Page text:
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Carleton and anti-Blackness: A letter to prospective students

Prospective Carleton students,

Have you considered searching for a school that is active in fighting anti-Black racism? I know that for me, coming to Carleton meant having expectations of conduct and policies within the institution which would reflect my values.

Something to note: Carleton is a Predominantly White Institution (PWI), where white supremacy is woven into the fabric of the institution. I’ve only been at Carleton for several months, but I’ve been in the world long enough to understand that white supremacy prevails in our society, from interpersonal relationships all the way up to the most powerful institutions. Carleton can often come off as a “liberal” space, where the institution and members of the community hold beliefs that reflect a basic consideration for human life (Black lives matter, no human is illegal, love is love, science is real, water is life and so on…). You may be wondering where I’m going with this…

It recently came to my attention that a fellow member of the Carleton community was recorded screaming the phrase “F*@k Black Lives Matter” at a New Year’s party over break. While some may be shocked by this public display of hatred and violent rhetoric, I was not.

While it is now 2021, white supremacy, anti-Blackness, and open displays of racist beliefs are still a part of daily life, both here at Carleton and in the broader American landscape.

Now, I ask, what type of community are you looking for in college?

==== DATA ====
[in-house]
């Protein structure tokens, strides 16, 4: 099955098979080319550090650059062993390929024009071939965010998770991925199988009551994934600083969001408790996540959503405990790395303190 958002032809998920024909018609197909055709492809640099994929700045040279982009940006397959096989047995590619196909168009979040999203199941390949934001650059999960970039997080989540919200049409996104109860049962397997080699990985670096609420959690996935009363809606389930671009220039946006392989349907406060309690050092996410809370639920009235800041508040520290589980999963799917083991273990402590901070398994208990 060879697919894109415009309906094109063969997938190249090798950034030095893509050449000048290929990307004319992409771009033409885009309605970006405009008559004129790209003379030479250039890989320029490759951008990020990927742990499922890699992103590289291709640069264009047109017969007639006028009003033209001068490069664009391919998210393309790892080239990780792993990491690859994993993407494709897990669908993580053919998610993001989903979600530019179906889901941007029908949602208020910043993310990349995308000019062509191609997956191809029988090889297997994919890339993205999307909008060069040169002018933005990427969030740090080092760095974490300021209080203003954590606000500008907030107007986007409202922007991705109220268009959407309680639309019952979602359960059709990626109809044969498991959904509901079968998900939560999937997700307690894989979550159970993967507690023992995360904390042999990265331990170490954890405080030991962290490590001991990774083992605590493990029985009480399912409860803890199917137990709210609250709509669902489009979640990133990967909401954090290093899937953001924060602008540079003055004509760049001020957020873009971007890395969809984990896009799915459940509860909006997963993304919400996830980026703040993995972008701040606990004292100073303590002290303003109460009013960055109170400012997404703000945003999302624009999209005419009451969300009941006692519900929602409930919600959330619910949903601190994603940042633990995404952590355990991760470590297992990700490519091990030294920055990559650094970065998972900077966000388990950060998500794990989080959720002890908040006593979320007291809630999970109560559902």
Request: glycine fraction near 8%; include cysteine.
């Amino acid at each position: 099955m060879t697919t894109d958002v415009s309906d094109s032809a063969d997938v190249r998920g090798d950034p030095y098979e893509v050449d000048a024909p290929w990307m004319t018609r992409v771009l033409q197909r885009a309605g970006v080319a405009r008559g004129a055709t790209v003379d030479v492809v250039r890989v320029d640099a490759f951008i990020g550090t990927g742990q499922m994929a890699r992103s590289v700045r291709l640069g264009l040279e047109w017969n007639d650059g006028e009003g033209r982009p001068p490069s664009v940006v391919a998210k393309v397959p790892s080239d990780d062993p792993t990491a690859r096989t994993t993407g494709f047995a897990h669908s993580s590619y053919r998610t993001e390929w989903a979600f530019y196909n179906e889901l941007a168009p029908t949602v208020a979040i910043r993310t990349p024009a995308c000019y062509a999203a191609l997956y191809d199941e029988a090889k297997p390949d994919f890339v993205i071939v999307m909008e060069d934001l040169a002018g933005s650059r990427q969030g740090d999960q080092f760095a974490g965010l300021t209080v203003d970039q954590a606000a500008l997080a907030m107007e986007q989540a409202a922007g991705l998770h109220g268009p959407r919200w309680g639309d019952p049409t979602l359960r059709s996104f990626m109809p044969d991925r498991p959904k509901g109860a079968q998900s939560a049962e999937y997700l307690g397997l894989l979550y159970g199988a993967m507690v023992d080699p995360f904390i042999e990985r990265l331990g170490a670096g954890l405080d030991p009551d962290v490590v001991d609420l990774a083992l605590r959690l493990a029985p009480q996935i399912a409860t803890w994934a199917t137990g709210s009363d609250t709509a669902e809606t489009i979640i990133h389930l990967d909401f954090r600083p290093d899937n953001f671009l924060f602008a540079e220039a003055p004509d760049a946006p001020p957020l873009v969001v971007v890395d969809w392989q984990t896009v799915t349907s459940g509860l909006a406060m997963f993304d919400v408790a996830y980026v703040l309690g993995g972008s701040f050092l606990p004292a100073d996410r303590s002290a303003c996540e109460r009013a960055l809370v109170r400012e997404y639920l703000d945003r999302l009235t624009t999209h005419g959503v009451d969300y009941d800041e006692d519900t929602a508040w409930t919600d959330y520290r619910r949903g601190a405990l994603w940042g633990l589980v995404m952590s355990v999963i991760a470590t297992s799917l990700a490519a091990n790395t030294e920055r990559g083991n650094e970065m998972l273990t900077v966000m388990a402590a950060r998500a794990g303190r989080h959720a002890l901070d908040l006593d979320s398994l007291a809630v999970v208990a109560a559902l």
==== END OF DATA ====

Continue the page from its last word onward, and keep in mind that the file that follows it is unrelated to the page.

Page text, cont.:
I know that I was seeking a community that was committed to holding other members accountable for their racist actions! I hope to see the Carleton administration and community come out of the woodwork and hold racist Carls accountable for the harms of their actions.

But what could Carleton do as a PWI to address anti-Black Racism?

As a white member of the Carleton Community, I do not feel the momentary and long-term impacts of anti-Black racism at Carleton, but I bear witness to moments of Carleton’s white passivity often (and my own!).

This isn’t to say that there isn’t hope.

There have been a number of demands made by the Ujamaa Collective, (a collective of Black student groups on campus) after the lynching of George Floyd. These demands seek to combat the structural/institutional iterations of anti-Black racism at Carleton. By supporting Black students and demanding that these changes are made, members of the Carleton administration and community can actively engage in creating a campus that is safe. Perhaps after these demands are met, moments such as the one captured on New Year’s will be addressed before they happen.

What type of education do you want?

For me, education means more than just class and homework. It means being open to changing world-views that are harmful. It means being willing and open to planting seeds for change, both in the minds of our community members and within our white supremacist institutions.

I hope that these reflections offer you space to reflect on what type of campus you hope to be a part of. I know I want to go to a school where Black lives matter. I want to be a part of a community that holds each other accountable for our internalized white supremacy. What about you?

Black lives matter. Black lives matter. Black lives matter.

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